The Woman Behind the Dolls
Madame Alexander launched her iconic doll company 90 years ago—decades before Barbie was born
Alexander was a philanthropist, too; she gave generously to Planned Parenthood (she used to take her favorite factory workers to Margaret Sanger’s clinic for health care and birth control), the Jewish Theological Seminary, Brandeis University, the Einstein College of Medicine, the American Technion Society, Women’s American ORT, and the American Friends of Hebrew University. At the end of her life, she was a big donor to Republican politicians.
Alas, the company went through some very bad times after Alexander sold it in 1988, at age 93. (She died two years later.) Today it seems to be on stronger footing. It was bought in 2012 by Kahn Lucas—more Jews!—a fourth-generation, family-led company that began in 1889 as the Triumph Shirt Company. Kahn Lucas sells girls’ clothes and Dollie & Me products: sets of American-Girl-sized contemporary dolls with matching dresses for girls and dolls. (It’s funny how everyone at Madame Alexander today desperately avoids saying the words “American Girl”—they purse their lips and say “the competition”; if they accidentally start saying the competitor’s name, they stop themselves mid-syllable. It’s like theater people and Macbeth.)
Kahn-Lucas keeps winning Supplier of the Year awards from big-box retailers, so Madame Alexander’s issues getting merch into stores are, one hopes, over. Today Madame Alexander also does big business in licensed characters like Fancy Nancy, Angelina Ballerina, and Pinkalicious, as well as alarmingly real-looking newborn baby dolls with birth certificates and hospital wristbands for kids to “adopt” (and get notices for well-baby checkups for, so they can come in for upselling!). The company just introduced a line of washable cloth dolls, which are not only a throwback to the original cloth Red Cross doll but also the only kind of doll I as a parent would ever buy. (Grandma is of course welcome to buy fancy dolls with rooted hair and sleep eyes. As far as I’m concerned, everything in my house that is not mammalian needs to be machine washable.)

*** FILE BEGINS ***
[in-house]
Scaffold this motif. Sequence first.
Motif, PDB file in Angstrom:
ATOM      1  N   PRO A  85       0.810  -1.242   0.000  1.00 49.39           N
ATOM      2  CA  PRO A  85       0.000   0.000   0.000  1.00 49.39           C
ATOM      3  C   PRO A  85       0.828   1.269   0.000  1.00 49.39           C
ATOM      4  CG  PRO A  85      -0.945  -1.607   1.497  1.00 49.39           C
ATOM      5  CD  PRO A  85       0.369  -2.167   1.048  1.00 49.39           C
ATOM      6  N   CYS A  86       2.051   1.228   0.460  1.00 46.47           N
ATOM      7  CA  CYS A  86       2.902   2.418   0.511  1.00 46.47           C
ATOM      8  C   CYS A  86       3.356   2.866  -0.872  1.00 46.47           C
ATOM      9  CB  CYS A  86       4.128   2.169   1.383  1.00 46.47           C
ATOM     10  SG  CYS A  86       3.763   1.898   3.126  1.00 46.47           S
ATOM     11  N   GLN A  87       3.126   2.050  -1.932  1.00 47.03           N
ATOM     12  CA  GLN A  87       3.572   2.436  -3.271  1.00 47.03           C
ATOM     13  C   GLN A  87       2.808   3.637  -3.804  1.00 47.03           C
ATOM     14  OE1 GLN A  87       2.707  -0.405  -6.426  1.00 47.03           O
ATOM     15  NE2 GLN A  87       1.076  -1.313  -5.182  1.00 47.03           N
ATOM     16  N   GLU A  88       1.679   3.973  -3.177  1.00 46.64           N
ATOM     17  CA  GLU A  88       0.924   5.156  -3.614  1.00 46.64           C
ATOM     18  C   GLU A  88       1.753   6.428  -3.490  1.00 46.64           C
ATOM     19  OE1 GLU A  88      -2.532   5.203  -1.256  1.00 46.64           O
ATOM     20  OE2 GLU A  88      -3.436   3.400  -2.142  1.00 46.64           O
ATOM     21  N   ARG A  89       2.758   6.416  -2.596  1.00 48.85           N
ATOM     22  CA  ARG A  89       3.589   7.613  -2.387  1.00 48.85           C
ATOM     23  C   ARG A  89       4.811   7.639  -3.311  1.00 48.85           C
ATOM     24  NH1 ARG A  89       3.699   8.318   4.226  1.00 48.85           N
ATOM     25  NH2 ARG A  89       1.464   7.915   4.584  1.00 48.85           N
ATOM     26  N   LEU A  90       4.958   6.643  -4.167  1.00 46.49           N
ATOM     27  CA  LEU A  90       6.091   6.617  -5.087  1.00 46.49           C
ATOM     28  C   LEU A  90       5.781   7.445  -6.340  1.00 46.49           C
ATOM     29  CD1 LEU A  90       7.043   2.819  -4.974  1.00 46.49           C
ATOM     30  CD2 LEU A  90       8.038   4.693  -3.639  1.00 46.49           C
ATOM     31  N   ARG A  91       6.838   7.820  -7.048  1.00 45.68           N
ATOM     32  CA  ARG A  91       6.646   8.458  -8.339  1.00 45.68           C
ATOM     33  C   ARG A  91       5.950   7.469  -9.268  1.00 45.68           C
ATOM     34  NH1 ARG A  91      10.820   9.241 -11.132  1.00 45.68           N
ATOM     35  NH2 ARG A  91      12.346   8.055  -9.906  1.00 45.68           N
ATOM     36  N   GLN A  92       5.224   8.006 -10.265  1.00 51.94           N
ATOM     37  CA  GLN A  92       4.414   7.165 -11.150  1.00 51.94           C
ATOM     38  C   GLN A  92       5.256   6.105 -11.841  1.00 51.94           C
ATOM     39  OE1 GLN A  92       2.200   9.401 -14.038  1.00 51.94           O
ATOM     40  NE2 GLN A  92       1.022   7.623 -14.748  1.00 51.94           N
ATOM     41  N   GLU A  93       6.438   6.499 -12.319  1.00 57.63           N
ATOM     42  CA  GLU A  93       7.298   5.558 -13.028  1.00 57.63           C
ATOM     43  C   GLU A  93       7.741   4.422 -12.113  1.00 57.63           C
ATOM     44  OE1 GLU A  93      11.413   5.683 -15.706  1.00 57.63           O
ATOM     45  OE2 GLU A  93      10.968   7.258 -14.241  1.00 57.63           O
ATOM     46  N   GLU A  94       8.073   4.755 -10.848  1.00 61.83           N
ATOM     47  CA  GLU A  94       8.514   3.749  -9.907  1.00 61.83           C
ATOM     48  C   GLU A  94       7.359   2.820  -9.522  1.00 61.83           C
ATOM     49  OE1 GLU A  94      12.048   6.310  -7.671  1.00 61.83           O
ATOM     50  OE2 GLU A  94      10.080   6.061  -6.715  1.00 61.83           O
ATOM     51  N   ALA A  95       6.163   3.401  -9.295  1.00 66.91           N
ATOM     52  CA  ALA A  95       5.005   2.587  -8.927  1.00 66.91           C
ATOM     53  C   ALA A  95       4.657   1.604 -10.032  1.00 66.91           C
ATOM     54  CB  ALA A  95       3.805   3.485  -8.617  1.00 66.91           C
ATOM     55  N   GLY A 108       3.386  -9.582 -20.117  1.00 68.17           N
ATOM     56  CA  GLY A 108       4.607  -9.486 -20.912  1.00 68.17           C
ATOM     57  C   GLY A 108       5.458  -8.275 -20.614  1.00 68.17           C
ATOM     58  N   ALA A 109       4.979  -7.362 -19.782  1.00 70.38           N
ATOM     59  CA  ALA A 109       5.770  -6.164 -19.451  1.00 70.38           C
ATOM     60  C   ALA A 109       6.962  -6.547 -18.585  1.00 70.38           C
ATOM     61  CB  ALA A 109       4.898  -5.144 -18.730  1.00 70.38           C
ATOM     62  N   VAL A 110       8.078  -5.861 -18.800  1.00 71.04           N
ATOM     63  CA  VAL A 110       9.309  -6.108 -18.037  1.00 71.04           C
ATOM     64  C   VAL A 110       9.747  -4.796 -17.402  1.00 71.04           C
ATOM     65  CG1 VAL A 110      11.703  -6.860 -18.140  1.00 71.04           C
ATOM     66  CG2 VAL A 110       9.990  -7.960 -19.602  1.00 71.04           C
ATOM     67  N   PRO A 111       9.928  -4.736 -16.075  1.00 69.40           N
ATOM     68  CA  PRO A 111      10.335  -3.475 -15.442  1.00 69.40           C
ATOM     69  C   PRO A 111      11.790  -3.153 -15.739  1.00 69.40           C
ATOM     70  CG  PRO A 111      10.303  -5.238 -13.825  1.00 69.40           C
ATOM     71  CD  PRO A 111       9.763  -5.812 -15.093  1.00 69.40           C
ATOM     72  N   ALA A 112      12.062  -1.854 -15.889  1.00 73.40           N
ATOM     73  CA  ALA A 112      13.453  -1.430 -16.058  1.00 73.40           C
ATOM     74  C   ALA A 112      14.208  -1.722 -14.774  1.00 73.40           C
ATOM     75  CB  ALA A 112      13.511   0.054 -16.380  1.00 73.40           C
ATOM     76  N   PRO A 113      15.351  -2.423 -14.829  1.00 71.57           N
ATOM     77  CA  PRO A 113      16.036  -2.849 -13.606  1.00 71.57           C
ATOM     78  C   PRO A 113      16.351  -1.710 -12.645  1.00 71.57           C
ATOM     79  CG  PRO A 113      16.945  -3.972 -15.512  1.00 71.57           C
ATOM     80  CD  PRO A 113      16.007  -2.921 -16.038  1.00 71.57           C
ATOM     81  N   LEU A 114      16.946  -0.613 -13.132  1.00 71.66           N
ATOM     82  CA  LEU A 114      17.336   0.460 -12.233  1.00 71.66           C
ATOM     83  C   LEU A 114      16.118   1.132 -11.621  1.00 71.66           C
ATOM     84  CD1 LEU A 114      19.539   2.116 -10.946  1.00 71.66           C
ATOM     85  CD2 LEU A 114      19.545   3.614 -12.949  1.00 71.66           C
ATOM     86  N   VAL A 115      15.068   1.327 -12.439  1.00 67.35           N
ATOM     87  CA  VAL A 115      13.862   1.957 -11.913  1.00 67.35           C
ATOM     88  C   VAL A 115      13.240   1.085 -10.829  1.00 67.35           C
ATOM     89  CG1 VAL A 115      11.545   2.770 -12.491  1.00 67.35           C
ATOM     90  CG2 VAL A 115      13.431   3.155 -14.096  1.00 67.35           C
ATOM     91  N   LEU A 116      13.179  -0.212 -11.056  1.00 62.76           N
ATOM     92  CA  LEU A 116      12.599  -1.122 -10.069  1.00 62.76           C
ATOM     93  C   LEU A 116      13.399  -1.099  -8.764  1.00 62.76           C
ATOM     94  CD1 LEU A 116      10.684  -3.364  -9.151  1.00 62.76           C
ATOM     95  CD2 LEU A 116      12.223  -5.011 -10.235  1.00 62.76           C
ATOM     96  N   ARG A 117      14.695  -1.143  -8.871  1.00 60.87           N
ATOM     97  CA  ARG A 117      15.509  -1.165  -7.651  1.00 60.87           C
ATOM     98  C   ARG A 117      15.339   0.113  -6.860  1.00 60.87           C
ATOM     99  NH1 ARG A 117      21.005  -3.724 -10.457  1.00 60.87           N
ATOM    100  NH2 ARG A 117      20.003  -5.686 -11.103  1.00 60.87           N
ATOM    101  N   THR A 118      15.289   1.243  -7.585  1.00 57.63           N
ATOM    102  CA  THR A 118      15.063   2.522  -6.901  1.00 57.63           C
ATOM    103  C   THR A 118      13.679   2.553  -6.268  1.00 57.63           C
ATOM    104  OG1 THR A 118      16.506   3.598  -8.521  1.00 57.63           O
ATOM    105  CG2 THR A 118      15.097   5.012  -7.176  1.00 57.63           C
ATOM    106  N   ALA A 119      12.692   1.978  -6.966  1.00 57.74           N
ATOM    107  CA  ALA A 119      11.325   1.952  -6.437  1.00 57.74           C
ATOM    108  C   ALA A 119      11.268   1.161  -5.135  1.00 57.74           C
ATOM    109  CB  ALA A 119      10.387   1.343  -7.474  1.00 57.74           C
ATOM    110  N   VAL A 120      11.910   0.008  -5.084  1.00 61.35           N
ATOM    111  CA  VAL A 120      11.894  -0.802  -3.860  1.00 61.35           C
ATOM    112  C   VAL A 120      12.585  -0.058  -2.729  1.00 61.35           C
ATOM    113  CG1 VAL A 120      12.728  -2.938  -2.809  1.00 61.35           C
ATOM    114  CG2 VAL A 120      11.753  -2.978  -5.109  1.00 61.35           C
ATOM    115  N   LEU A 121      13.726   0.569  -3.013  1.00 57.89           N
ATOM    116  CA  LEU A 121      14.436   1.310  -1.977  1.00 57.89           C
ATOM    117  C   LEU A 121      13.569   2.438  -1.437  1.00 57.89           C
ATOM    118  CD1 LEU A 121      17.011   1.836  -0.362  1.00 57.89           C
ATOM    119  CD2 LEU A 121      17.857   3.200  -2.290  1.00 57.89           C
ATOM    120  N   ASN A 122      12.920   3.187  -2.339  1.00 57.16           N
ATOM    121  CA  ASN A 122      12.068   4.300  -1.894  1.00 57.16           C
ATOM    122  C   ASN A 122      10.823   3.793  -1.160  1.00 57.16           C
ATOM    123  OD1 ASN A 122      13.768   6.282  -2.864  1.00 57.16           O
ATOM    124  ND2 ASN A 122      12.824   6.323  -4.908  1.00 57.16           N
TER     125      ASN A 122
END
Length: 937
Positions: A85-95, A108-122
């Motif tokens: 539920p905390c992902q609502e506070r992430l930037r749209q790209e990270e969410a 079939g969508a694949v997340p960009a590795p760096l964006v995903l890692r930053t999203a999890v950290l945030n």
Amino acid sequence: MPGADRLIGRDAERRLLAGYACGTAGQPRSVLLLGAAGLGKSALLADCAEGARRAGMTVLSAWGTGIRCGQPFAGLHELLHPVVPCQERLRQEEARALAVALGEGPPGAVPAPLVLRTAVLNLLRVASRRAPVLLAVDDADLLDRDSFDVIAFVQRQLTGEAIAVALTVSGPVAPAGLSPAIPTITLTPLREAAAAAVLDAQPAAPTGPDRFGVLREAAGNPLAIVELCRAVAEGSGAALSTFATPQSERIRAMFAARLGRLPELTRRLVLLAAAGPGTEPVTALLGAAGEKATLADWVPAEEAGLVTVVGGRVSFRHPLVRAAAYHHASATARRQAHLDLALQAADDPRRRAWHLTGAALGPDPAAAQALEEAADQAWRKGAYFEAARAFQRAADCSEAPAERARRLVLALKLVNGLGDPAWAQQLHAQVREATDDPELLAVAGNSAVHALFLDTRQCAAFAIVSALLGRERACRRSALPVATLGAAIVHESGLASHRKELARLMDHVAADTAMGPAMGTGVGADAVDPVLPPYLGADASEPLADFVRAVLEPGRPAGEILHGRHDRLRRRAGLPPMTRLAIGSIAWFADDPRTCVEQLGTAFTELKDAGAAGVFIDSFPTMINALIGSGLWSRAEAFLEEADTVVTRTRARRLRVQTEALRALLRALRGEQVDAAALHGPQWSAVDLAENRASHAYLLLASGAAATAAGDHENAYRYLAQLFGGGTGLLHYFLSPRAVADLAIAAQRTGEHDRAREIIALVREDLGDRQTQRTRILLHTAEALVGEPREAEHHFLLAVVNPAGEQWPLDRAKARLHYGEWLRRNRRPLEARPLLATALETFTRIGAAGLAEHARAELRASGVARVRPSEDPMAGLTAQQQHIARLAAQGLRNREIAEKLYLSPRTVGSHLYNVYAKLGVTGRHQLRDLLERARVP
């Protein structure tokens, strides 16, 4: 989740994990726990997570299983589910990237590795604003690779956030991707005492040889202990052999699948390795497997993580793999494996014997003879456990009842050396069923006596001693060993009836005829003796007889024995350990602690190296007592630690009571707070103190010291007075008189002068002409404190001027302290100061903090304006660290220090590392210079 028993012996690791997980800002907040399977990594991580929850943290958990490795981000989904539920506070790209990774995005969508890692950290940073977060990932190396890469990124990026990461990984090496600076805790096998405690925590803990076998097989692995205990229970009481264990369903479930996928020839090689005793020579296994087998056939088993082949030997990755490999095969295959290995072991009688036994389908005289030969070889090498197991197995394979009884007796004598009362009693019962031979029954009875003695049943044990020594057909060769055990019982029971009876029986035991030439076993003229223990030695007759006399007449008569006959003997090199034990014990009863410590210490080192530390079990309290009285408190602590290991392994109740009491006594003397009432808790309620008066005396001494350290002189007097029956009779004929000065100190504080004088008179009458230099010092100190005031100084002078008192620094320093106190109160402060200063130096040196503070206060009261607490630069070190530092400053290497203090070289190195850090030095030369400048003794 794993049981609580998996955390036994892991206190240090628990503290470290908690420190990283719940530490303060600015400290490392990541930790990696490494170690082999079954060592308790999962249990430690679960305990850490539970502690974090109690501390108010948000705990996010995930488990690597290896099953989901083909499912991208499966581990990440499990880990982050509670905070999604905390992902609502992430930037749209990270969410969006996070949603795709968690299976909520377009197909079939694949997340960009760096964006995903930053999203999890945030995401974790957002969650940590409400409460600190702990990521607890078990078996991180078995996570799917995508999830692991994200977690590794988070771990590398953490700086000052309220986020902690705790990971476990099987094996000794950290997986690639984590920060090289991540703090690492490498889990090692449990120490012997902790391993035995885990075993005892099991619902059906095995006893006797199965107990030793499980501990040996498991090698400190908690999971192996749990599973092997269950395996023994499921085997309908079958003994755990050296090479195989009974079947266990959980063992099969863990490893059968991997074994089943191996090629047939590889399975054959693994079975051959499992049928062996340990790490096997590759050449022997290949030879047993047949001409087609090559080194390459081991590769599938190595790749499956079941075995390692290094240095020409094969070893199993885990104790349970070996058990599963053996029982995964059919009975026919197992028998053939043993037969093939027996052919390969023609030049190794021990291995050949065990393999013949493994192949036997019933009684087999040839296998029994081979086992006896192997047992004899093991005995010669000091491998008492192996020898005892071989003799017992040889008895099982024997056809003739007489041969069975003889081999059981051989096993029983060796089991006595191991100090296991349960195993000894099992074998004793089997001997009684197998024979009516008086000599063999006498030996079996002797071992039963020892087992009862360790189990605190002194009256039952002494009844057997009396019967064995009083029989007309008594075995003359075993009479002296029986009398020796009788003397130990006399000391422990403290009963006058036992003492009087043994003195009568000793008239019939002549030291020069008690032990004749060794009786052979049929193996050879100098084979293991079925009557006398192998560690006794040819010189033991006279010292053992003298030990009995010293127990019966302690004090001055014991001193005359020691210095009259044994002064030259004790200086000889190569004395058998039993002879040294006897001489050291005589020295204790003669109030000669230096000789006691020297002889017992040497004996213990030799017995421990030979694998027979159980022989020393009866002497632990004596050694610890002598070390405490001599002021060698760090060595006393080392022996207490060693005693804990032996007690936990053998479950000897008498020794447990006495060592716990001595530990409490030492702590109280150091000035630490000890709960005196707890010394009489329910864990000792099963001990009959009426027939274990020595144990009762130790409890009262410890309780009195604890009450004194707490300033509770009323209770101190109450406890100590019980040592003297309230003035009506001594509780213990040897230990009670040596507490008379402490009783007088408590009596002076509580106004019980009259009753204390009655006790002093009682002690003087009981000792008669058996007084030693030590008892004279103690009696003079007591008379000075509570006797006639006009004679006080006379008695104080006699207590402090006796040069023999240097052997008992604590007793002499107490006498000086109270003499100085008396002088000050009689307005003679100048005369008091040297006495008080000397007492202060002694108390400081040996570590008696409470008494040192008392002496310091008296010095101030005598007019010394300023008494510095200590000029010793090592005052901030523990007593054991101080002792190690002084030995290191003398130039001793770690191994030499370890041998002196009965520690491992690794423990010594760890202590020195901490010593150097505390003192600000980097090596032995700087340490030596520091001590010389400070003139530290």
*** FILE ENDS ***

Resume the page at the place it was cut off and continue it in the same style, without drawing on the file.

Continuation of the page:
Lest anyone worry that the company’s going too downmarket, collectors will still have plenty to fetishize: This year the company introduced a Madame Alexander Madame Alexander. Only 125 will be made, they sell for $1,500 each, and they are fabulous. They’re designed to look the way Madame did in 1923. Check out the fur stole, the rhinestone pin, the taffeta-lined, bugle-beaded georgette flapper dress, the red nails, the marcelled hair! My mother-in-law would plotz. This year, too, the company will reopen its iconic Doll Hospital, which closed at the end of last year when the company left its longtime headquarters in Harlem. (Ever the pioneer, Alexander had moved the factory there in the 1950s for the cheaper rent.)
While Alexander was the mother to zillions of dolls, her own daughter sometimes felt shunted aside. Mildred once said, “We had a lovely apartment across the street from the Bronx Park, but my mother was never home to enjoy it. … My mother was off on Sundays, but we didn’t really share any special routines on that day. She was exhausted from working six days a week, and she would relax by reading.” When you’re a visionary, work-life balance can prove elusive.
Knowing Alexander’s flaws, as well as her talents and generosity, makes her seem more real and resonant to me. Every working Jewish mother should know that she was one of us … inspiring and imperfect, the way we all are.
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The Talmudic rabbis saw the world as a wedding—a place of charity and pleasures to be enjoyed while it lasts